CCFC Blog

Critics: FCC Not Policing Kids TV – Along with parent and child advocacy groups (including CCFC), lawmaker Rep. Ed Markey is pointing out that the FCC’s enforcement of laws regarding children’s programming and commercials is “weak.”http://www.politico.com/news/stories/0711/59487.html#ixzz1SjjUxHX8  Junk Food Industry Determined to Target Kids – CCFC Steering Committee member Michele Simon on the IWG’s proposed food marketing principles and extreme push back they’re meeting from the industry in Food Safety News.http://www.foodsafetynews.com/2011/07/junk-food-industry-determined-to-target-kids/ Toy Movies in 2011 - Has Hollywood Gone Too Far? The toy industry is concerned that movies based...
Summer TV's Top Target: Boys – Children’s TV programmers and marketers team up to aggressively push video games, toys, Nesquik, Kraft Mac & Cheese, Kellogg's Fruit Snacks and much more to boys this summer.http://online.wsj.com/article/SB10001424052702303812104576441790597642646.html?mod=WSJ_hps_sections_lifestyle Industries Lobby Against Voluntary Nutrition Guidelines for Food Marketed to Kids –The media industry and food marketers align to lobby against the Interagency Working Group's new voluntary food marketing principles for ads aimed at kids.http://www.washingtonpost.com/politics/industries-lobby-against-voluntary-nutrition-guidelines-for-food-marketed-to-kids/2011/07/08/gIQAZSZu5H_story.html...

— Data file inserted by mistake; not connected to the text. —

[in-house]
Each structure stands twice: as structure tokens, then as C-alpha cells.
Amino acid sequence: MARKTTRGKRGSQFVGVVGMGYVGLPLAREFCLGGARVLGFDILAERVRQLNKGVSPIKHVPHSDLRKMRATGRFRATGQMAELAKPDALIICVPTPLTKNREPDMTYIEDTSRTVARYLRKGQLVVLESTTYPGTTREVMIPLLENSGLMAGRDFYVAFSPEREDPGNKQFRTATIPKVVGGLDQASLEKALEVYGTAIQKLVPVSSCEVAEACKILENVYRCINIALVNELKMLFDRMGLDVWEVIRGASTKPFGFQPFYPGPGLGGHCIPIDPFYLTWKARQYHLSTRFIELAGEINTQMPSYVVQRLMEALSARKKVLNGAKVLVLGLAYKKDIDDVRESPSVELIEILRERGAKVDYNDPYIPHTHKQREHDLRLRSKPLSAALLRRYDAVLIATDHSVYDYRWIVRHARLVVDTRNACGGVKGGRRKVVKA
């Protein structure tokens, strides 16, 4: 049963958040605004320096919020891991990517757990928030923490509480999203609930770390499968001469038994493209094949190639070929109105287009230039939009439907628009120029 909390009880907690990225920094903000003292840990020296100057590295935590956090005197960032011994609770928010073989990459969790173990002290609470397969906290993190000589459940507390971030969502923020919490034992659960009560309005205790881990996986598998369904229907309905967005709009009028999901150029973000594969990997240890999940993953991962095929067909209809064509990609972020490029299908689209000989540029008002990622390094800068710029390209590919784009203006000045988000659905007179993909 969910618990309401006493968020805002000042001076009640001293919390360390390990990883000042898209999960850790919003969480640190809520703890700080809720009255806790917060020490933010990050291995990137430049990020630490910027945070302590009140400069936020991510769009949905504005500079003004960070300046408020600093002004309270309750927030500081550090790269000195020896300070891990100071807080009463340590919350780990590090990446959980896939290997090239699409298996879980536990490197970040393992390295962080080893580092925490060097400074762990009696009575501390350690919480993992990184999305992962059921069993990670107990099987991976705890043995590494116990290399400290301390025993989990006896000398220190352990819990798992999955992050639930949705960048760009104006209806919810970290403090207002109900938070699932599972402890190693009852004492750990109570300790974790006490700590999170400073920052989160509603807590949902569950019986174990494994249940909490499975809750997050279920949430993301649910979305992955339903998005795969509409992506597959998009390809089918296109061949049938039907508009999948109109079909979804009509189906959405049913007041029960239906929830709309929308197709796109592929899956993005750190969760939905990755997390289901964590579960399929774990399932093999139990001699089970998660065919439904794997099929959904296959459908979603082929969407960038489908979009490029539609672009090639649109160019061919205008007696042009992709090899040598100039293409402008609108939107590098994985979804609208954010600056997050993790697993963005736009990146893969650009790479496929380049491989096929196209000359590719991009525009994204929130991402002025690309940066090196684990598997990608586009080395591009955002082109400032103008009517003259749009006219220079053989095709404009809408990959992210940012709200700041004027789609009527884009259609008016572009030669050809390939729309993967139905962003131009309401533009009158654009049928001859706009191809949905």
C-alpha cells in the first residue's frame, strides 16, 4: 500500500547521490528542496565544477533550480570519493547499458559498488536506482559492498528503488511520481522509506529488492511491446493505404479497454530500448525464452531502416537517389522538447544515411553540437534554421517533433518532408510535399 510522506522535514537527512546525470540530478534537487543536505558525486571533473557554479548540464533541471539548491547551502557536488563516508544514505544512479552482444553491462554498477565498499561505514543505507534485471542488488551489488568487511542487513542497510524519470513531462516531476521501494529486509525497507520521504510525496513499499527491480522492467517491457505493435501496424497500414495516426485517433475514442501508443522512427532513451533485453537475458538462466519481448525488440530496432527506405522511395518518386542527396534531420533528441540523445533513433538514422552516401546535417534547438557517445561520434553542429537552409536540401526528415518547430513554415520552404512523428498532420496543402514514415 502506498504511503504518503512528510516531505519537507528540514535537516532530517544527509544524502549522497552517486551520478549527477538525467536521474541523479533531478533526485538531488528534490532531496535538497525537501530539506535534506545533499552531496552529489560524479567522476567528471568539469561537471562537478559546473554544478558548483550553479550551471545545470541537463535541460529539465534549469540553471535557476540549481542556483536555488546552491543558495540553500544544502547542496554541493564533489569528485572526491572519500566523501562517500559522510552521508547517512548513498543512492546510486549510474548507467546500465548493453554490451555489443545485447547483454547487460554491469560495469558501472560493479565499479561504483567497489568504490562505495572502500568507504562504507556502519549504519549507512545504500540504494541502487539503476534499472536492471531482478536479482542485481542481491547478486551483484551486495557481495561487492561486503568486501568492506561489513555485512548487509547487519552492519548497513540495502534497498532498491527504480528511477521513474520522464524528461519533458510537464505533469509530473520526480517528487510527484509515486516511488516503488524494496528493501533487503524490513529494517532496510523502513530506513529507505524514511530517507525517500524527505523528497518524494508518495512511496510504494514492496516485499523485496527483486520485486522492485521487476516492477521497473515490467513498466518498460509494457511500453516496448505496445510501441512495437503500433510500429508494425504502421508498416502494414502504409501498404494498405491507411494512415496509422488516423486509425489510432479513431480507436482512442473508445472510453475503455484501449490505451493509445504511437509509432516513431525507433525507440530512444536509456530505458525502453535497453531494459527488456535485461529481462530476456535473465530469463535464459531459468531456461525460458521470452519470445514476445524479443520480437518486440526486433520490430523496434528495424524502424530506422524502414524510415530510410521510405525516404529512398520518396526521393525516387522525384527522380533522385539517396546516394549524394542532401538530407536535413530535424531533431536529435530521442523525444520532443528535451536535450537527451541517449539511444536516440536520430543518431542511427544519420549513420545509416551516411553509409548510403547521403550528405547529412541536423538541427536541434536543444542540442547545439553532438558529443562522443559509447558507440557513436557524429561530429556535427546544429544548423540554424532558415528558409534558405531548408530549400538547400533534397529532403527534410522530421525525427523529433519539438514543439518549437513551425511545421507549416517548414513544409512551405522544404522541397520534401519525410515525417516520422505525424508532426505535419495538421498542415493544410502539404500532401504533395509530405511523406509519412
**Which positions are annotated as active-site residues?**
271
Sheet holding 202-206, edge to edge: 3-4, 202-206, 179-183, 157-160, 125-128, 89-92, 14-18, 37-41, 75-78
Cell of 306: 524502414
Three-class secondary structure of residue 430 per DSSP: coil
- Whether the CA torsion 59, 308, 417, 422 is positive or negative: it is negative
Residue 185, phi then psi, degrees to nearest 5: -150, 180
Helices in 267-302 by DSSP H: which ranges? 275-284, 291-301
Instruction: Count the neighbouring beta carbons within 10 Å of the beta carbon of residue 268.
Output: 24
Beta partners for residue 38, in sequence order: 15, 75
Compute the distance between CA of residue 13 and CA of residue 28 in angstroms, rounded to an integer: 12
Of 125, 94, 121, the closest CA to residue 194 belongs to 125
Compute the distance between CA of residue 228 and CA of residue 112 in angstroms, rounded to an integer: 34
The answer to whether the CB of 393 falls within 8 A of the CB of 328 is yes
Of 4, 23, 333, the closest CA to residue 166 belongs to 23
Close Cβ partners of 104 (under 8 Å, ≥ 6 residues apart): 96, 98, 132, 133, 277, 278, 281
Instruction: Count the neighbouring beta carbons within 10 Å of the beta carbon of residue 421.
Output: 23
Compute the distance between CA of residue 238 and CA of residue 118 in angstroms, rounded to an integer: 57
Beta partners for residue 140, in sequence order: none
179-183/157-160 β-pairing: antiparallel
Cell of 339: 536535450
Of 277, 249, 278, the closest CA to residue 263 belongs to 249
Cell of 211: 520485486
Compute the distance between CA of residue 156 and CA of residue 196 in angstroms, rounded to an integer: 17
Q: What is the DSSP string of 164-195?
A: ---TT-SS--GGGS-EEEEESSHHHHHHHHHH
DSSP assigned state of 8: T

As advocates for deep change know, big success is often preceded by small incremental changes that may go unnoticed by the general public. It seems the effort to stop fast food companies from hawking toys to kids is gaining ground. Last week I was watching Friday Night Lights (a great show if I don’t fret about the product placement) and blithely forwarding through the commercials when an ad for McDonald’s Happy Meals stopped me cold. There were no toys. Intrigued, I rewound and watched in real time: We see a multi-racial bunch of totally cute kids with Happy Meal boxes—but they’re empty. A child’s voice chirps, “There’s something inside a McDonald’s Happy Meal. It’s called hope…” The kids keep looking for hope in the boxes, but—it’s...